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Big fines and prison sentences for the worst polluters should be imposed on bosses
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Big fines and prison sentences for the worst polluters should be imposed on bosses

The Environment Agency stated that the nation’s worst corporate polluters should be subject to fines and have their bosses imprisoned.

Sir James Bevan, chief executive, has presented his vision for post-Brexit regulation. He argues for higher standards and harsher punishments for rule-breakers, as well as industries bearing more of the regulatory cost burden.

He also said that regulation is important in levelling up. Poorer and more diverse groups were more likely to be affected by a low quality environment, which can have a negative impact on their wellbeing and life expectancy.

He made a speech Tuesday to the Westminster Energy, Environment and Transport Forum.

His comments came amid anger about environmental problems such as the condition of England’s rivers. The parliamentary Environmental Audit Committee stated that they were suffering from a chemical cocktail consisting of sewage and agricultural waste.

Sir James Bevan, Environment Agency chief (PA).

(PA Archive)

Southern Water was hit with a record-breaking 90 million fine last summer for 6,791 unpermitted sewer discharges. Meanwhile, the Environment Agency (Ofwat) launched a major investigation of sewage treatment facilities.

Sir James said that EU environmental regulations, much of which were written by the UK in large part, had done a lot to improve areas like water quality, airquality, and waste. What worked should be preserved.

He said that some of the EU legislation was outdated, not designed for the UK, and quite prescriptive.

The new approach must set higher standards, address climate emergency, and clearly define what goals must be achieved when. For example, healthy water quality in all English rivers by 2030.

The new model would see regulators speak softly, at the least initially, and assume that farmers or businesses have good intentions until it is proven otherwise, he stated.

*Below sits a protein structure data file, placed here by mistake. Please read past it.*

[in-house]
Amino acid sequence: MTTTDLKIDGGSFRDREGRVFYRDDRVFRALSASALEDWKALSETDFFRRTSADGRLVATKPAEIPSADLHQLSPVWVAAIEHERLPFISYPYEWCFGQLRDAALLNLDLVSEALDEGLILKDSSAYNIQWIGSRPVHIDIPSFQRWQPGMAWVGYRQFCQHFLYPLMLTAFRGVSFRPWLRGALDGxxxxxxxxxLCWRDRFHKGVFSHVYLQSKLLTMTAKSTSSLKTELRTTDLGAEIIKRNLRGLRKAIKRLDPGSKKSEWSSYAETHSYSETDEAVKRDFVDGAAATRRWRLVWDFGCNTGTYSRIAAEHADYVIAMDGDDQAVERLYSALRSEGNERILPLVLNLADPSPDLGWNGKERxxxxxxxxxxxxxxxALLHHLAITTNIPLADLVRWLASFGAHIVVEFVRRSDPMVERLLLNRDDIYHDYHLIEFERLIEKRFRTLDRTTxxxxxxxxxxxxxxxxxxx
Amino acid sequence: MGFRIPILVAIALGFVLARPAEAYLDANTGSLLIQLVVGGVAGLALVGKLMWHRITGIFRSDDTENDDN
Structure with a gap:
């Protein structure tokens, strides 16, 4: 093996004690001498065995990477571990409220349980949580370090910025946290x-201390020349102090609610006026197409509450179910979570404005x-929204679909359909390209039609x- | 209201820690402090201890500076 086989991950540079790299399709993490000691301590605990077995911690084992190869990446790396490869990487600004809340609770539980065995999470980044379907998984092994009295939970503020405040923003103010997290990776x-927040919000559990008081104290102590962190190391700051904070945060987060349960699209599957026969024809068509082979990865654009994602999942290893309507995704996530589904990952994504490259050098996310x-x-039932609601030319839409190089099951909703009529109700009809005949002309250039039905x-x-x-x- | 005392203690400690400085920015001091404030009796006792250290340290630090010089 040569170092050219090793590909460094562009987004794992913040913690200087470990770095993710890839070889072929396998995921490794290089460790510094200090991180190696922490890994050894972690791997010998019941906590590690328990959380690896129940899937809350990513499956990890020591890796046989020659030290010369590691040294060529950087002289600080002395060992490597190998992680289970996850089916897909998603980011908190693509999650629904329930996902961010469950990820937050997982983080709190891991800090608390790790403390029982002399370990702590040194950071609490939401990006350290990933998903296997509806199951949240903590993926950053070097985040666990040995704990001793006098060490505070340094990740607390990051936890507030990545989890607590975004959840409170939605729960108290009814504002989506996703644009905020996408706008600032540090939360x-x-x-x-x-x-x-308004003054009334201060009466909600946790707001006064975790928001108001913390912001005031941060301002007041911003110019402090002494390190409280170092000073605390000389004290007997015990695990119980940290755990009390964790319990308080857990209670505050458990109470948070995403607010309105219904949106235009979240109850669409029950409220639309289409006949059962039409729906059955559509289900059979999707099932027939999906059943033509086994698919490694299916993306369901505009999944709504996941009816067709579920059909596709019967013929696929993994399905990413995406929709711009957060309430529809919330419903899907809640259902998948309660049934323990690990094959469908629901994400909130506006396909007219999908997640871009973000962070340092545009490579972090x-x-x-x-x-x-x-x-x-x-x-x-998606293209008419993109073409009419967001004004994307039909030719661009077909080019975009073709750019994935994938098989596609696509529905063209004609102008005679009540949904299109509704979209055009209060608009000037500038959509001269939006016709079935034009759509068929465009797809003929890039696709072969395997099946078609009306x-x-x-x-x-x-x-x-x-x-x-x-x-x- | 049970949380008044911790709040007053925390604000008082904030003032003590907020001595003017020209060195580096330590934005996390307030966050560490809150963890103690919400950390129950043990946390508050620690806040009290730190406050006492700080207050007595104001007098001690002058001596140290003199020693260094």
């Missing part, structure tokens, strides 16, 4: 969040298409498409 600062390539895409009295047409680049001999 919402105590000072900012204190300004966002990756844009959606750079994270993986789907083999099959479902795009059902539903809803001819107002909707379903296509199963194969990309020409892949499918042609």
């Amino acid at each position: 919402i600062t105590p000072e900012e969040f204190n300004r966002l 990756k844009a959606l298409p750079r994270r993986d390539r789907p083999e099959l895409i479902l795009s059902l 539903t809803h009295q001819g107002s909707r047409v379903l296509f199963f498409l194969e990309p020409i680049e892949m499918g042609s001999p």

However, not all operators have good intentions so the future model that I would like to see would also be a bigger stick.

It would force regulated industries to pay the entire cost of regulation. They don’t currently. A lot of it gets subsidised by taxpayers.

They would be responsible for all costs associated with repairing any environmental damage they cause. They don’t currently do that.

Good regulation is a great way to level up

Sir James Bevan, Environment Agency

According to the agency’s plans, the punishment for the largest and most serious polluters would be harsher.

Sir James stated: In cases where there is extremely harmful or reckless pollution, and we have seen far too many of that in recent years, that would include fines that would put a major dent on companies bottom lines and sentences which would put their bosses behind bars.

This would effectively concentrate the minds and actions of boards and chief executives, and act as a powerful deterrent.

He said that good regulation requires the right funding. He stated that there is a strong case for increasing government grants and charging businesses for regulated businesses. However, he did not intend to lobby for more money.

He said that even a small amount of money can make all the difference. For example, the Environment Agency’s new powers of 30 million to combat waste crime in 2018, which helped it shut down hundreds illegal sites and stop waste exports.

He said, “We know that poorer and less diverse communities experience a lower environment, whether it is via water, flood or access to nature. They have a lower standard of living and a lower chance of dying.”

Good regulation is a great way to level up.

He continued: “Regardless of how we think or speak, we should all remember the purpose behind all this: to leave the environment in better shape than we found.

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